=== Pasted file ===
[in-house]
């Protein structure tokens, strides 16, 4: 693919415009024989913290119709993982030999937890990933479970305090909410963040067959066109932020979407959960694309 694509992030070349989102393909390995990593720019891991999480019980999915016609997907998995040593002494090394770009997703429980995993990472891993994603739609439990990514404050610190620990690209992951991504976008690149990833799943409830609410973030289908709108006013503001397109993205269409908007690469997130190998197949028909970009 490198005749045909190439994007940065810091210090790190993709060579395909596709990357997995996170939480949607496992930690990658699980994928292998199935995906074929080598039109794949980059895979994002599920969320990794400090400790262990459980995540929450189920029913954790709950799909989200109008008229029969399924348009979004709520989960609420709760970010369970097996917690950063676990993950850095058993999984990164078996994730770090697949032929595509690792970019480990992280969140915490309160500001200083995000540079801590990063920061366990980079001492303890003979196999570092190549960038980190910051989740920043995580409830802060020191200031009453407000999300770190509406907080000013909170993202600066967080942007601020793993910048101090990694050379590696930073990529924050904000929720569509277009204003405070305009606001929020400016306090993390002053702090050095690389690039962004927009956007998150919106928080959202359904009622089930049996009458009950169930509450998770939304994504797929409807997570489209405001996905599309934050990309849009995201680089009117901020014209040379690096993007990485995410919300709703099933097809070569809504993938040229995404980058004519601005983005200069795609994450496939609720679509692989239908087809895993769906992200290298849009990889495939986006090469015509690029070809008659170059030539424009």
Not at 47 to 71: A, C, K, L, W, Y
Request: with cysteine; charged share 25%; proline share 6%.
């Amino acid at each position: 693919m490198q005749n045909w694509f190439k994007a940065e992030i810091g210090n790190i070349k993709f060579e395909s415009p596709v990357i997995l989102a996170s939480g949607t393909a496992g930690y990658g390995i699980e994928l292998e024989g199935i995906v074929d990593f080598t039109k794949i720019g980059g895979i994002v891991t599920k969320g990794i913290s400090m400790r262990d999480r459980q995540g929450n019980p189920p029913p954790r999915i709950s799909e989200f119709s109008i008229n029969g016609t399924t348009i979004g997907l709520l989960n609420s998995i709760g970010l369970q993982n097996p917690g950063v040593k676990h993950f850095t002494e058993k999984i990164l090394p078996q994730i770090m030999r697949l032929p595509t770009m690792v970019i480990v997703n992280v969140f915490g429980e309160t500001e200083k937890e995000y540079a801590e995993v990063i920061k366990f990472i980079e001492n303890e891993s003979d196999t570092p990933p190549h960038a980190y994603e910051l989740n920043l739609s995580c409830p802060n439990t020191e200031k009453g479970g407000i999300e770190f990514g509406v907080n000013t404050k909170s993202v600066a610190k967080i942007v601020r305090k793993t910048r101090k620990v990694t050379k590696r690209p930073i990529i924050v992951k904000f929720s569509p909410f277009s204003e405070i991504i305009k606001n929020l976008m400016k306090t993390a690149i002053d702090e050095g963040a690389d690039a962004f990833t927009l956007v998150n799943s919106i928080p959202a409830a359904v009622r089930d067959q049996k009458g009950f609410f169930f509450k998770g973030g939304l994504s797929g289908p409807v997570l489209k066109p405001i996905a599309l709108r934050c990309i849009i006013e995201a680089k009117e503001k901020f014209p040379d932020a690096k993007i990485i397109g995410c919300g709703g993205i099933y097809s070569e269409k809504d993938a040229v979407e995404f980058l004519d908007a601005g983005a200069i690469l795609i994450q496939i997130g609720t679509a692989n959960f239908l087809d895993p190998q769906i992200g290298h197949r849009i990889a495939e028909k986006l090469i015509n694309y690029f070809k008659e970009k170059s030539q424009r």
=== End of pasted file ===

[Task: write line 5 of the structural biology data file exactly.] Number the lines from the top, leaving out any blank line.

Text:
């Amino acid at each position: 693919m490198q005749n045909w694509f190439k994007a940065e992030i810091g210090n790190i070349k993709f060579e395909s415009p596709v990357i997995l989102a996170s939480g949607t393909a496992g930690y990658g390995i699980e994928l292998e024989g199935i995906v074929d990593f080598t039109k794949i720019g980059g895979i994002v891991t599920k969320g990794i913290s400090m400790r262990d999480r459980q995540g929450n019980p189920p029913p954790r999915i709950s799909e989200f119709s109008i008229n029969g016609t399924t348009i979004g997907l709520l989960n609420s998995i709760g970010l369970q993982n097996p917690g950063v040593k676990h993950f850095t002494e058993k999984i990164l090394p078996q994730i770090m030999r697949l032929p595509t770009m690792v970019i480990v997703n992280v969140f915490g429980e309160t500001e200083k937890e995000y540079a801590e995993v990063i920061k366990f990472i980079e001492n303890e891993s003979d196999t570092p990933p190549h960038a980190y994603e910051l989740n920043l739609s995580c409830p802060n439990t020191e200031k009453g479970g407000i999300e770190f990514g509406v907080n000013t404050k909170s993202v600066a610190k967080i942007v601020r305090k793993t910048r101090k620990v990694t050379k590696r690209p930073i990529i924050v992951k904000f929720s569509p909410f277009s204003e405070i991504i305009k606001n929020l976008m400016k306090t993390a690149i002053d702090e050095g963040a690389d690039a962004f990833t927009l956007v998150n799943s919106i928080p959202a409830a359904v009622r089930d067959q049996k009458g009950f609410f169930f509450k998770g973030g939304l994504s797929g289908p409807v997570l489209k066109p405001i996905a599309l709108r934050c990309i849009i006013e995201a680089k009117e503001k901020f014209p040379d932020a690096k993007i990485i397109g995410c919300g709703g993205i099933y097809s070569e269409k809504d993938a040229v979407e995404f980058l004519d908007a601005g983005a200069i690469l795609i994450q496939i997130g609720t679509a692989n959960f239908l087809d895993p190998q769906i992200g290298h197949r849009i990889a495939e028909k986006l090469i015509n694309y690029f070809k008659e970009k170059s030539q424009r």